The trip lasts an hour and a half.
If you want to go shopping It has more than 150 shops, a movie theater and a food court.
It’s one of the most important buildings in the city due to its architecture.
They created a contest for young sculptors to enhance the art production and its circulation.
During Christmas time, you can go to get your photo taken with Santa. It’s open every day.
Address: Av. Vélez Sarfield 361
Córdoba: Cultural Places, Activities and Centers
Manzana Jesuítica or Manzana de las luces
It was declared as a world heritage site by the ONU in the year 2000. It’s part of the historical district of the city. It includes the Capilla Domestica (the domestic Chapel), the National College of Monserrat, the Church of the Company of Jesus (one of the most important churches of the city), and the first Rectorat building of the National University of Córdoba. These blocks were inhabited by the members of the Company of Jesus, also known as Jesuits in the 17th century, who had a big influence in the history and origins of Córdoba. They were also the initiators of higher education in Argentina.
Address: Obispo Trejo 300-398
Teatro del Libertador “General San Martín”
This theater is a National Historic Monument, like the Teatro Colón for the Porteños.
It’s the main theater of the city and the home of the academic Orchestra, the ballet group and the choir of Córdoba. You can buy tickets to see the choir live, a ballet performance
They also offer some free entertainment from time to time.
Address: Av. Vélez Sarfield 365
Palacio Ferreyra – Museo Superior de Bellas Artes Evita
The Palace has a french architecture style. It exhibits the art collection of the province of Córdoba. It has 12 halls with permanent exhibitions with works of different artists such as Emilio Caraffa, Fernando Fader, and Benito Quinquela Martínez. It offers a collection of sculptures. It also has a library and an auditorium.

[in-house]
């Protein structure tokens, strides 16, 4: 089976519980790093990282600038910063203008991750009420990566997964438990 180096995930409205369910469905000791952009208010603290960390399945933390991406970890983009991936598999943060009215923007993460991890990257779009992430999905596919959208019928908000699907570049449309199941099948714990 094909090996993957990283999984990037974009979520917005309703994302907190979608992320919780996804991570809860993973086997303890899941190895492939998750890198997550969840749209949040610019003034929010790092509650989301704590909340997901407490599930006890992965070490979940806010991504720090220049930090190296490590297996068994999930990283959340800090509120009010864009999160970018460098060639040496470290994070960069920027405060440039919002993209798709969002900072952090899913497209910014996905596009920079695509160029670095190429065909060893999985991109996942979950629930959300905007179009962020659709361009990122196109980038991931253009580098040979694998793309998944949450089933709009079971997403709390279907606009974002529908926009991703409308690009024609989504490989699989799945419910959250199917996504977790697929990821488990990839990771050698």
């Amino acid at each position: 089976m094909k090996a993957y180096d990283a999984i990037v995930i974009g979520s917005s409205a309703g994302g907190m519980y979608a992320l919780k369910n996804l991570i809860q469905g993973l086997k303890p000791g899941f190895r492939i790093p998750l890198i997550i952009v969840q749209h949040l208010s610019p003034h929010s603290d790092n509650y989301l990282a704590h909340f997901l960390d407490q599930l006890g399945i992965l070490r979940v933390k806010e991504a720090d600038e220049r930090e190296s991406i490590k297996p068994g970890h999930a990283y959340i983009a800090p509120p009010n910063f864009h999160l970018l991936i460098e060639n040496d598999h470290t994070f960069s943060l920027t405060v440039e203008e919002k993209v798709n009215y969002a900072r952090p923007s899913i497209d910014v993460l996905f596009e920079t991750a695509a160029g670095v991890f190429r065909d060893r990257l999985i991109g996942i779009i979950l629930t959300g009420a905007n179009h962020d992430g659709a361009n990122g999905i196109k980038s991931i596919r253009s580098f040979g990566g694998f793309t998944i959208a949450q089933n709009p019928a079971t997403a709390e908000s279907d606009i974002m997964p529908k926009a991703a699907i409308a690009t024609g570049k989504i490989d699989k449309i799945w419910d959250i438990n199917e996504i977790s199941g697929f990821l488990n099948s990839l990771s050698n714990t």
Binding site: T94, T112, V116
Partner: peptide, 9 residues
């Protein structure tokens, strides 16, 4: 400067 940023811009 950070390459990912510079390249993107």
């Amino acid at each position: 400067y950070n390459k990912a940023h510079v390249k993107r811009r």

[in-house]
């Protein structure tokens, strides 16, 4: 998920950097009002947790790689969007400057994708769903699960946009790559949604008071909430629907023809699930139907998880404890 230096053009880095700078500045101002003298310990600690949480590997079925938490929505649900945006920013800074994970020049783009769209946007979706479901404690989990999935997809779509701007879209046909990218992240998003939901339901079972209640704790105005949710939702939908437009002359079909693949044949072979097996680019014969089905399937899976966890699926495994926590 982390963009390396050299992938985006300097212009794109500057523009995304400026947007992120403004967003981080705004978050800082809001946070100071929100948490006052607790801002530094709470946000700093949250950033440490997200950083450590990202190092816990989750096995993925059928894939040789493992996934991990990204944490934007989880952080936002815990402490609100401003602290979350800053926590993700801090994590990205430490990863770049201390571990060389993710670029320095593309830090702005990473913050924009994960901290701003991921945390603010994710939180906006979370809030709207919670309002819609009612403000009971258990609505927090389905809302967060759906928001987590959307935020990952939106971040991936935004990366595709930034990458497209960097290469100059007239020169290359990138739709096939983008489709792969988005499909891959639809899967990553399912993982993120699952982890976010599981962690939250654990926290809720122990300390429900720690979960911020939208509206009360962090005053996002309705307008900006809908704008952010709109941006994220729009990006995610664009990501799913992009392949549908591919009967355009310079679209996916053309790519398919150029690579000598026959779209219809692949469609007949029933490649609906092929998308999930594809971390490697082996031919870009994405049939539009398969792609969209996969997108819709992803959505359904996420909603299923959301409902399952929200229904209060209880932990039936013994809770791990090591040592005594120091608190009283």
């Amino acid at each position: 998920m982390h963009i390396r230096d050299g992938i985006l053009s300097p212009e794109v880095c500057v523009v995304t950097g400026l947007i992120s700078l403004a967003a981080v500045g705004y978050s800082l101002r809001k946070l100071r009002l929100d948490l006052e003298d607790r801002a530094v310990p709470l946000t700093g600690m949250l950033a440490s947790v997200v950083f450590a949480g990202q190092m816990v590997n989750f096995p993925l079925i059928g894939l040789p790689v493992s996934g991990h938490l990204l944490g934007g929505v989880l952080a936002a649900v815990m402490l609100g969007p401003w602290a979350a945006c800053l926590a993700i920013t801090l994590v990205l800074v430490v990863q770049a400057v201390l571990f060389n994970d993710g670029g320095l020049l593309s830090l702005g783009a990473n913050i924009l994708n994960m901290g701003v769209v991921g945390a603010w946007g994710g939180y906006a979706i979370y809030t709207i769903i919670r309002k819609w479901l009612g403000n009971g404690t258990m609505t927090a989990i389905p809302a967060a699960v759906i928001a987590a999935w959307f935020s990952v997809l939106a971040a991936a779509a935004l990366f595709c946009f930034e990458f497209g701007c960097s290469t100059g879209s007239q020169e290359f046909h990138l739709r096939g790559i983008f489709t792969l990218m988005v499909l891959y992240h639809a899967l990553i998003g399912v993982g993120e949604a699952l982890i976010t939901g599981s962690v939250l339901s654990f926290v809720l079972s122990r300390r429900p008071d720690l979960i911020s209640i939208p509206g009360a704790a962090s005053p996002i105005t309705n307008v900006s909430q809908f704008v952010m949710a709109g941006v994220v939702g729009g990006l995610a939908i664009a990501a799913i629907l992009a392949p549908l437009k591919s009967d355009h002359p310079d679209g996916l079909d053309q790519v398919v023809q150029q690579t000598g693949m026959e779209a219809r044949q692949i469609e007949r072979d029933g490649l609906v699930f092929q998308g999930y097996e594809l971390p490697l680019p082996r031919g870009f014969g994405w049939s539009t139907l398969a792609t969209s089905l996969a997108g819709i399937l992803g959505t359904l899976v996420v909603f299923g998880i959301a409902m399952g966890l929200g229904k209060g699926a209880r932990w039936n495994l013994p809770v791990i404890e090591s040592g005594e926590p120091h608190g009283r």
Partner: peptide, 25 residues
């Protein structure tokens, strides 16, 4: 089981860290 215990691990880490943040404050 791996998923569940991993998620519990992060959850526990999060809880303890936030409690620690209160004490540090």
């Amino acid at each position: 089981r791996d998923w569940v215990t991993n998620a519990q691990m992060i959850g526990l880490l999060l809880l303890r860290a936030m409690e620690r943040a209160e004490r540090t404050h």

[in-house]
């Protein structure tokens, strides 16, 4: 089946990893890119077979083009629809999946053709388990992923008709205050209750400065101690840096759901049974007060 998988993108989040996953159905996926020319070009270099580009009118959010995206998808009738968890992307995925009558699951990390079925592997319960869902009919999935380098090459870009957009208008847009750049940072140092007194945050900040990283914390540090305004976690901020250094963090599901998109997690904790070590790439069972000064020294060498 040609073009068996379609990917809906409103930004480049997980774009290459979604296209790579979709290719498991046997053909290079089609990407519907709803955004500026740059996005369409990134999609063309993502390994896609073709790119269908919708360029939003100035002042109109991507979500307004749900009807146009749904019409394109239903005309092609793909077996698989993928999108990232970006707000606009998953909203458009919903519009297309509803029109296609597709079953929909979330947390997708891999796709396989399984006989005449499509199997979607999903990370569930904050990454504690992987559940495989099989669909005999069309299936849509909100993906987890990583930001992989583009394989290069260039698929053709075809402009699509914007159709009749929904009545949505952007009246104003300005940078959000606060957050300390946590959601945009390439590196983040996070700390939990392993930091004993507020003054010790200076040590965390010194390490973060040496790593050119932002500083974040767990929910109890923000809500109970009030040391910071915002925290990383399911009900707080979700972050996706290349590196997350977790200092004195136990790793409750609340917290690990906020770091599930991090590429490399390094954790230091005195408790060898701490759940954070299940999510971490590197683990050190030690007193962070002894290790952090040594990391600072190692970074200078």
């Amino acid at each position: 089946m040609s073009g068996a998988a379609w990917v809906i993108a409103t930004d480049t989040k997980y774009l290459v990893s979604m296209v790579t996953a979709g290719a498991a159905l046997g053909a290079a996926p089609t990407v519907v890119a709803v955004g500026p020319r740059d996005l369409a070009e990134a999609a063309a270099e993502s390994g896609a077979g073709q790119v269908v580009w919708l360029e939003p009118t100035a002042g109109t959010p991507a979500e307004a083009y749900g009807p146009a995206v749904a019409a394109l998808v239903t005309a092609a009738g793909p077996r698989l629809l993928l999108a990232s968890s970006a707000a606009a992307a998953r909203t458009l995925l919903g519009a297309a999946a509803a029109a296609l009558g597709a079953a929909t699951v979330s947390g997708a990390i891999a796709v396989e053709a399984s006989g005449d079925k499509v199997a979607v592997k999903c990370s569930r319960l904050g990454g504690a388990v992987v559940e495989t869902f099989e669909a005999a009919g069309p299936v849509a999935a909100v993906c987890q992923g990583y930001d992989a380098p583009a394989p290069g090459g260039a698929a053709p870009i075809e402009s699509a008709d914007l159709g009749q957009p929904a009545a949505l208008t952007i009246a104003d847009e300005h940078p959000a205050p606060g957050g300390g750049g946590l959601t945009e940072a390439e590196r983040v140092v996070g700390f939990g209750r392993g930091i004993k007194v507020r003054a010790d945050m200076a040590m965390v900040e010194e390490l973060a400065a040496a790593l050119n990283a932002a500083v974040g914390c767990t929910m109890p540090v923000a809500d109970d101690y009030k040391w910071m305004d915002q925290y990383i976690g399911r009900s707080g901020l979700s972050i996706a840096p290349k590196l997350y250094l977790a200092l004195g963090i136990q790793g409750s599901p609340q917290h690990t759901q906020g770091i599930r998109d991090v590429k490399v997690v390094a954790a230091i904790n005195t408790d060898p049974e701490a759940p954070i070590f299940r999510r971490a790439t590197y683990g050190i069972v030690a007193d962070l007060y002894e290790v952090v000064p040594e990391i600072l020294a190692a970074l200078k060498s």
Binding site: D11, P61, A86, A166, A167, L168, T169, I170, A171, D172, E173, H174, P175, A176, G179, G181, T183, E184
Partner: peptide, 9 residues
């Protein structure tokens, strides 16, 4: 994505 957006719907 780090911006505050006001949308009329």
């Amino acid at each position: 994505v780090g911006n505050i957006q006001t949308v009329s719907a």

It has guided visits from Tuesdays till Fridays at 12 pm and 5 pm, and on the weekend at 11 am and 5 pm. The entrance is very affordable.
Address: Av. Hipólito Yrigoyen 511
It functions as an event venue where famous Latin-American artists go to perform, like Jorge Drexler, Palito Ortega, Luciano Pereyra, Miranda and Bad Bunny. The Space works as a nightclub with different parties and DJs. It also offers shows for children.
Address: Cruz Roja Argentina 200
Best Restaurants in Córdoba
In Parque Sarmiento, surrounded by trees and green there’s Santa Calma, a restaurant with a huge space and tables outdoors. It has a great selection of breakfasts and snacks, natural fruit juices, salads, desserts, pizzas made with sourdough and cocktails.
Plus, it offers vegetarian and vegan options such as the “lomito de seitan sandwich”, instead of loin of veal, it’s made with seitan (vegetable meat). It’s pet friendly. Sometimes they have live music.
Address: Av. Deodoro Roca S/N
This pizza is made in a wooden oven and it’s the best there is in Córdoba.
We recommend the option “popular”, it has mushrooms, blue cheese, provolone cheese and green onion, and “4 Formaggi”, a four-cheese pizza. Besides pizza, they have in their menu sandwiches, salads, pasta, and fainá. They also have gluten-free pizzas and a vegan option called “Marinara”. They have locations all around the city of Córdoba and also in Villa Carlos Paz. They also offer a delivery service.
Address: Fructuoso Rivera 260, Local 12, Galería Muy Güemes
Galo Wines – Wine Bar
In the beautiful neighborhood called Barrio Jardín, you can find this beautiful wine bar with a restaurant with a sophisticated atmosphere. It has more than 500 options of wine. They have a sommelier who can help you choose the correct wine for you. You can also rent the place for events and corporate events. On the menu, they have tapas and cheese and cold cuts platters, salads, burgers, grilled meat and desserts. We suggest you try the beef brochette or the vegetarian wrap. Sometimes they have live music. They have inside and outdoor tables for you to choose from.
Address: Colpina 1375, Barrio Jardín